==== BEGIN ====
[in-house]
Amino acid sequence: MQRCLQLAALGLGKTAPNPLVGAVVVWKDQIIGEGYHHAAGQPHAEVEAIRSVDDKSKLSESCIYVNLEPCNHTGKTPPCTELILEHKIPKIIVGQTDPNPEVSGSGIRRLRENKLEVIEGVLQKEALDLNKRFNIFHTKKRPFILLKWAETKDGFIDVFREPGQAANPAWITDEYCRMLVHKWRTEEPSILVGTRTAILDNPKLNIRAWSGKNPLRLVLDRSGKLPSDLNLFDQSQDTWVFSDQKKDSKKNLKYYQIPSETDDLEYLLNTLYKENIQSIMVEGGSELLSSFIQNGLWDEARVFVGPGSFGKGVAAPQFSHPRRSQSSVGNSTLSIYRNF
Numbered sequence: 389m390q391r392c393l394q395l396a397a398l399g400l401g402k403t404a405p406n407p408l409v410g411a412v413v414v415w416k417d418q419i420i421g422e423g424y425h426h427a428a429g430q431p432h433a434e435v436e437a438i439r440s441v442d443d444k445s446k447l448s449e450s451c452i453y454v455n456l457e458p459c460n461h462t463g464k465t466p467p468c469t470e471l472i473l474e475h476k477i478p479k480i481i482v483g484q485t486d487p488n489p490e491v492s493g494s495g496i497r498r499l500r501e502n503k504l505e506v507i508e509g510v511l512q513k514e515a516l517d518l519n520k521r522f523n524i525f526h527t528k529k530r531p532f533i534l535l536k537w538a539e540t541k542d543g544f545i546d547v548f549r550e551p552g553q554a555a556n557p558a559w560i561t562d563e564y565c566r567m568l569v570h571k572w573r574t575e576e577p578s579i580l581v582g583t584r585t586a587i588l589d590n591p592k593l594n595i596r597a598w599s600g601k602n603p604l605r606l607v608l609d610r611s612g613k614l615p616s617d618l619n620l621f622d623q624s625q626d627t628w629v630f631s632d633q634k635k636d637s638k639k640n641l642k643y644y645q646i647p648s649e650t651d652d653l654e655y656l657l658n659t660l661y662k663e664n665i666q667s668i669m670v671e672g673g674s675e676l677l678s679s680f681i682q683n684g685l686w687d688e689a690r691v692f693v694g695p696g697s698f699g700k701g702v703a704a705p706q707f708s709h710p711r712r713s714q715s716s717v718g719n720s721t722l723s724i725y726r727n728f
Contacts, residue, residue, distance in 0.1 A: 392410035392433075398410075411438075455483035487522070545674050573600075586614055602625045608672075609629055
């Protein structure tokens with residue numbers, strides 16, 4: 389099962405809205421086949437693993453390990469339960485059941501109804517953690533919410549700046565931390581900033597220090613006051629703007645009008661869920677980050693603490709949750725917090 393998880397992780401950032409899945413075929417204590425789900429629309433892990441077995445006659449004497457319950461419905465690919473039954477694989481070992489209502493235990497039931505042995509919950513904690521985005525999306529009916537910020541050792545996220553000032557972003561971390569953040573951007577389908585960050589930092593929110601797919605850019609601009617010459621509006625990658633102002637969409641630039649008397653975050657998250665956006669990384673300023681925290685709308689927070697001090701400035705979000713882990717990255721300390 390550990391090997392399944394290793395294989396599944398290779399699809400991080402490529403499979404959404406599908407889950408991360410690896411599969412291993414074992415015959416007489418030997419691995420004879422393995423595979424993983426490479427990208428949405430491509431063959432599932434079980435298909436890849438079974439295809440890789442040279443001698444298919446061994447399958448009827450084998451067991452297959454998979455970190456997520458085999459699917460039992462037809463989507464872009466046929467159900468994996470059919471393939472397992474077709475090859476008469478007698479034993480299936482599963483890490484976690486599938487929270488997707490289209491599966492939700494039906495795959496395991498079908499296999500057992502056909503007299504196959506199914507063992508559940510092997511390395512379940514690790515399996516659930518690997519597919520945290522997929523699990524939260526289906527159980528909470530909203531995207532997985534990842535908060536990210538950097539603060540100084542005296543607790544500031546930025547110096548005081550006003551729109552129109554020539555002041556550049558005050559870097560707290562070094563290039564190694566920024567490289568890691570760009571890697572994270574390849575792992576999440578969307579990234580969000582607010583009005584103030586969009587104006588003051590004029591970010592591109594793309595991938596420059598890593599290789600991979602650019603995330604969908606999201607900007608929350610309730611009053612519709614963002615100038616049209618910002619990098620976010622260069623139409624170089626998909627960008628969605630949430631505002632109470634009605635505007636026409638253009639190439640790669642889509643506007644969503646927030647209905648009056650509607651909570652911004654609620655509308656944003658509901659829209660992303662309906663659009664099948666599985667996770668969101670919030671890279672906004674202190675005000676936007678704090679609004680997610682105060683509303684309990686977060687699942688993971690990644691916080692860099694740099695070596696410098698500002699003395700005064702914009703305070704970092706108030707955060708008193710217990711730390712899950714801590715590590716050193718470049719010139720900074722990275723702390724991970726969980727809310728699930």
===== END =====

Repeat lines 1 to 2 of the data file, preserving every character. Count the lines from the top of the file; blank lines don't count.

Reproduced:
[in-house]
Amino acid sequence: MQRCLQLAALGLGKTAPNPLVGAVVVWKDQIIGEGYHHAAGQPHAEVEAIRSVDDKSKLSESCIYVNLEPCNHTGKTPPCTELILEHKIPKIIVGQTDPNPEVSGSGIRRLRENKLEVIEGVLQKEALDLNKRFNIFHTKKRPFILLKWAETKDGFIDVFREPGQAANPAWITDEYCRMLVHKWRTEEPSILVGTRTAILDNPKLNIRAWSGKNPLRLVLDRSGKLPSDLNLFDQSQDTWVFSDQKKDSKKNLKYYQIPSETDDLEYLLNTLYKENIQSIMVEGGSELLSSFIQNGLWDEARVFVGPGSFGKGVAAPQFSHPRRSQSSVGNSTLSIYRNF